I especially love the first sentence of that press release, with its nebulous third-person address and its polite, mystified passive voice: This place is sure nice! Remind me again what we’re doing here? What Motion Picture Association of America head Chris Dodd (a former Senate colleague of Biden’s) and other industry spokesmen and lobbyists apparently expressed at the White House was their “longstanding commitment” to punting all questions of morality, decency and quality onto the shoulders of America’s overburdened parents. It’s not that I disagree with that position on any fundamental, philosophical level, I guess; it’s that behind that statement you can hear the grateful sighs as those guys washed their hands in the White House bathroom and accepted a hand towel from the attendant. I hope they got some neat little petits-fours with their coffee.

On the granular level of politics, you can understand why the reportedly cordial discussion at this meeting focused mainly on the entertainment industry’s widely ignored and notoriously arbitrary ratings systems. (Which, as Kirby Dick’s documentary “This Film Is Not Yet Rated” established, are far more tolerant of violence and teen-oriented raunch than of portrayals of consenting adult sexuality.) Media violence is supposed to be one of the subjects Biden addresses in his forthcoming report to President Obama, but since nobody can agree what the effects of media violence are, still less what to do about it, it’s easier to stick to meaningless symbolism. (Biden's entire task force is likely to be swallowed up in meaningless symbolism and miss a possible history-shaping moment, if you ask me. But that's a much bigger question.)

In one of those coincidences that’s not a coincidence at all, on the same morning of the White House meeting, Tarantino was losing his cool all over Krishnan Guru-Murthy of Britain’s Channel 4 News. (Video of the entire interview is embedded below.) In this case, the temporary deflection from meaninglessness was precisely the problem, as Guru-Murthy tried to push the director of “Django Unchained” (and the screenwriter of “Natural Born Killers”) outside the anodyne comfort zone of the movie-junket interview. As the nettled Tarantino himself said, “I’m here to sell my movie. This is a commercial for the movie, make no mistake.”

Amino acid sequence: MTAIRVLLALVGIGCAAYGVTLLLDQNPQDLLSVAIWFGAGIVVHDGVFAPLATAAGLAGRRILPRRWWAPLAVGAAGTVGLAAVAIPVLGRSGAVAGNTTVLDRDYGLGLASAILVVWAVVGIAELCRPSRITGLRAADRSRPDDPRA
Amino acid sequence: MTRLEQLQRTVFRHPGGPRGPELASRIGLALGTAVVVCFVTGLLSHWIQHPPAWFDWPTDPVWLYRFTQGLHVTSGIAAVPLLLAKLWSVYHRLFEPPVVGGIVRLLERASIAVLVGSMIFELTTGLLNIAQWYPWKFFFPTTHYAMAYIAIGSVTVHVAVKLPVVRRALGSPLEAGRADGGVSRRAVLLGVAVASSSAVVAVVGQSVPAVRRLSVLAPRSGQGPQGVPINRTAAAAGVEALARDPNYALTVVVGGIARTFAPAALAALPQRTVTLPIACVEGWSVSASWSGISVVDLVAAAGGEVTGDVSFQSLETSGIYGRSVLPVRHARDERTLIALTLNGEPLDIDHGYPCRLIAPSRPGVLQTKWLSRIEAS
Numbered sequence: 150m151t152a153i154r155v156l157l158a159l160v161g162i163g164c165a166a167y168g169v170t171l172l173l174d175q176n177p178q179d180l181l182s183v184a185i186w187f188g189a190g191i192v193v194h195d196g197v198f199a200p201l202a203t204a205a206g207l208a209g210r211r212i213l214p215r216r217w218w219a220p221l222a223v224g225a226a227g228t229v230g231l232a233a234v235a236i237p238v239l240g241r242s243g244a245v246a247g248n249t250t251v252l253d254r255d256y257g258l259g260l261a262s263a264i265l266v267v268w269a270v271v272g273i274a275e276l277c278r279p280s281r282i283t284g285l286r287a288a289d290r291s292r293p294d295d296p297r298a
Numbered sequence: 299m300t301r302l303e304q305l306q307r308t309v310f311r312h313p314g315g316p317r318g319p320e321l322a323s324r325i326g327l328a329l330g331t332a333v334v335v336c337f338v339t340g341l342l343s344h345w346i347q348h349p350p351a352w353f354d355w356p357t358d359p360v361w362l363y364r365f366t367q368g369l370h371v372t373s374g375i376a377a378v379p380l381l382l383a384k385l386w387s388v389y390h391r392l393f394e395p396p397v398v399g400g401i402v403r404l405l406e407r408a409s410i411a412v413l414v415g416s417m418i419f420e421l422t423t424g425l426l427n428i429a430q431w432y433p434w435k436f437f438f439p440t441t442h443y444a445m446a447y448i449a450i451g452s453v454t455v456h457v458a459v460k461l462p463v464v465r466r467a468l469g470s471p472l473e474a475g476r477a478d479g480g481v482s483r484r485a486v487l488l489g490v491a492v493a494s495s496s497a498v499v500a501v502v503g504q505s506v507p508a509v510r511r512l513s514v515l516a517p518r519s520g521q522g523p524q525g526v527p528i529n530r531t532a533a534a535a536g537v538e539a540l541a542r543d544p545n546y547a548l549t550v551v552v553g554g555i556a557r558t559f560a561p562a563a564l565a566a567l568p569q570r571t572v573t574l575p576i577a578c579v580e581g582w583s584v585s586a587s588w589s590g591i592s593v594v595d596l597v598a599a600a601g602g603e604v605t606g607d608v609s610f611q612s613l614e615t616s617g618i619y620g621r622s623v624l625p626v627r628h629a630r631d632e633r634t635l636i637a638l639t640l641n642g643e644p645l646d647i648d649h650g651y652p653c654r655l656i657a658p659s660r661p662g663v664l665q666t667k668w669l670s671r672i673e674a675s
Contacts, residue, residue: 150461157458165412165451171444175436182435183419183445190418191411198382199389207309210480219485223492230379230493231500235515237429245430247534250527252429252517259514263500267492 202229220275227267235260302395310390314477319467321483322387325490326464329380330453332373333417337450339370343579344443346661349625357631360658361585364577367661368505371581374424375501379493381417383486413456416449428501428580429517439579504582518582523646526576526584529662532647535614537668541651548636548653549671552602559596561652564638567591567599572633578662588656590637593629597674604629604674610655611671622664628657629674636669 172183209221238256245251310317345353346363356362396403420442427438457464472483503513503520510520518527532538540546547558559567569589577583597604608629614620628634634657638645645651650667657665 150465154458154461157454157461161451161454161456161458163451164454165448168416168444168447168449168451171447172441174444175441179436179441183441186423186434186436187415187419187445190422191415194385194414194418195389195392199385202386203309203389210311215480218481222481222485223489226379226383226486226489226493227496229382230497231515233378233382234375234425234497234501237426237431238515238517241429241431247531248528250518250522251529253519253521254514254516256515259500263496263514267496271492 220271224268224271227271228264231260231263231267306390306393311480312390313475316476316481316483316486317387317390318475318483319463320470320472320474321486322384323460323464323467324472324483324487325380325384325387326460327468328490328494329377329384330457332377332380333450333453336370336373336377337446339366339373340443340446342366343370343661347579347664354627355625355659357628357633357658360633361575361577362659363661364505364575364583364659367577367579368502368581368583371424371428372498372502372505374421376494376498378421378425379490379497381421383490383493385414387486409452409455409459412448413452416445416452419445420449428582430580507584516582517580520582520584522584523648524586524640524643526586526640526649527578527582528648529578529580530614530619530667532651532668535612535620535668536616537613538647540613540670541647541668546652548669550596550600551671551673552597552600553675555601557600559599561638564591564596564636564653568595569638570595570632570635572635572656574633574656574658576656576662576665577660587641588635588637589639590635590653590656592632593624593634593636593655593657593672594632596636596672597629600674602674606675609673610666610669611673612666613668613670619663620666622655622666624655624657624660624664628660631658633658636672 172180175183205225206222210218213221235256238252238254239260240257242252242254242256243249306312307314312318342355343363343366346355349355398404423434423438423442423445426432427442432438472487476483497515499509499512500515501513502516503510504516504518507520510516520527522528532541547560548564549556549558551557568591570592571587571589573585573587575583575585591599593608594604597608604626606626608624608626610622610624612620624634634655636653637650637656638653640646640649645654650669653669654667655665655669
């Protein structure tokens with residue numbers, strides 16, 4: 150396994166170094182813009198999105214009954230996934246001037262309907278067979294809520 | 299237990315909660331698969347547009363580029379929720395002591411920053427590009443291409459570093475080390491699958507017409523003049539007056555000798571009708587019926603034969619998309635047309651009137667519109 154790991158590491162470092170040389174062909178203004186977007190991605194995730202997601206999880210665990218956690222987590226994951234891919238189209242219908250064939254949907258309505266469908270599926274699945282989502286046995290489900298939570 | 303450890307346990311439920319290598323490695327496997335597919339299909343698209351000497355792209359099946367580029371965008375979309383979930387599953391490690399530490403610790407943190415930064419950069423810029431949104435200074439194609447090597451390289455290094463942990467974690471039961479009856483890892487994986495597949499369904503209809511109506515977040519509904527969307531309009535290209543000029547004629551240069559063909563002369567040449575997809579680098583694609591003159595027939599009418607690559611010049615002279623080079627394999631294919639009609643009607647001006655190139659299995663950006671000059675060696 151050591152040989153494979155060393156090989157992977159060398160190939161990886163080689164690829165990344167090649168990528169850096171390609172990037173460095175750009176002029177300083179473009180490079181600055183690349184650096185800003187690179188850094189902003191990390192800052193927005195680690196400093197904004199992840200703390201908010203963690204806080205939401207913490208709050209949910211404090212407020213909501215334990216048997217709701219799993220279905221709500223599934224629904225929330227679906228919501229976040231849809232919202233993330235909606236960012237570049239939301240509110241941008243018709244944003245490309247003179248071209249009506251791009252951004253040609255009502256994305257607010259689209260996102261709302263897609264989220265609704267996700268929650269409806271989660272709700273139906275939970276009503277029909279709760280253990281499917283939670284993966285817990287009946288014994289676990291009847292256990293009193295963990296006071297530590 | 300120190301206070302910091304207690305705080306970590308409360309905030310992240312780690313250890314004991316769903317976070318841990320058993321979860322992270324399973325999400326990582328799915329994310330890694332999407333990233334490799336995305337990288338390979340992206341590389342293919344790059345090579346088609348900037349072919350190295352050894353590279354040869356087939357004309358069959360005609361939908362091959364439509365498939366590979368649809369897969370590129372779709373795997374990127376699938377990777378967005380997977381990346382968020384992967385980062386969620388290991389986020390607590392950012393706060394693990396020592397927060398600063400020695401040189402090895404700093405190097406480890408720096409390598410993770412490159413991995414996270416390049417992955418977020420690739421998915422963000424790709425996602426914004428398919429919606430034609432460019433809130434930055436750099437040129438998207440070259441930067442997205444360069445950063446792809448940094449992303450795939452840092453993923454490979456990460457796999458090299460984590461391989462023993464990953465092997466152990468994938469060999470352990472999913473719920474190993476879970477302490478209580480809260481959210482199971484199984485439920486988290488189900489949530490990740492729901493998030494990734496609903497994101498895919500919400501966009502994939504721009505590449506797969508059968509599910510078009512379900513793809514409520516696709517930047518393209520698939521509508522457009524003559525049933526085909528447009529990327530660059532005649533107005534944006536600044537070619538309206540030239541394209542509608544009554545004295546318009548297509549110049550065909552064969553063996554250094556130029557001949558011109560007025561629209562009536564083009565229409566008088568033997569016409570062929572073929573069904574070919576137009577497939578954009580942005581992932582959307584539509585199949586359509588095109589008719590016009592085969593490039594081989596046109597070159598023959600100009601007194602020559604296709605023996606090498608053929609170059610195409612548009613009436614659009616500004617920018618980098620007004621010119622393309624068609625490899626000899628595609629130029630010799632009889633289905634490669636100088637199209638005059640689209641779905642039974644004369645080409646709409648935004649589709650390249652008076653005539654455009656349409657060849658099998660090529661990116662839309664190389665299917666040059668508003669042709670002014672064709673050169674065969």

That moment of hip-hop-style candor might almost have been refreshing. But it was a whole lot less refreshing to see Tarantino acting so aggrieved about a journalist daring to ask him real questions, and it was downright shocking to see how unprepared he was to tackle an issue he’s had 20-odd years of writing and directing violent films to think about. Asked why he felt sure there was no connection between movie violence and real violence, Tarantino snapped: “Don’t ask me a question like that. I’m not gonna — I’m not biting. I refuse your question … I’m not your slave, and you’re not my master. You can’t make me dance to your tune. I’m not a monkey.”

I will leave it to Tarantino’s shrink to explore how and why these bizarre images of slavery and racism leaked out of “Django Unchained” and into his conversation with a British journalist of South Asian heritage. What’s more important is what he says next, after Guru-Murthy challenges his “commercial for the movie” remark. Asked whether he’s willing to talk about anything serious, Tarantino responds: “I don’t want to talk about what you want to talk about. I don’t want to talk about the implications of violence.”

This, unfortunately, is where Tarantino’s video faux-pas and Chris Dodd’s ultra-careful press release overlap: They don’t want to talk about the implications of media violence. Or rather, they’re so sure that there are no serious implications that they’ll sound panicky and out of control (in Tarantino’s case) or like a mealy-mouthed sycophant who’s covering for the makers and sellers of mendacious crap (in Dodd’s).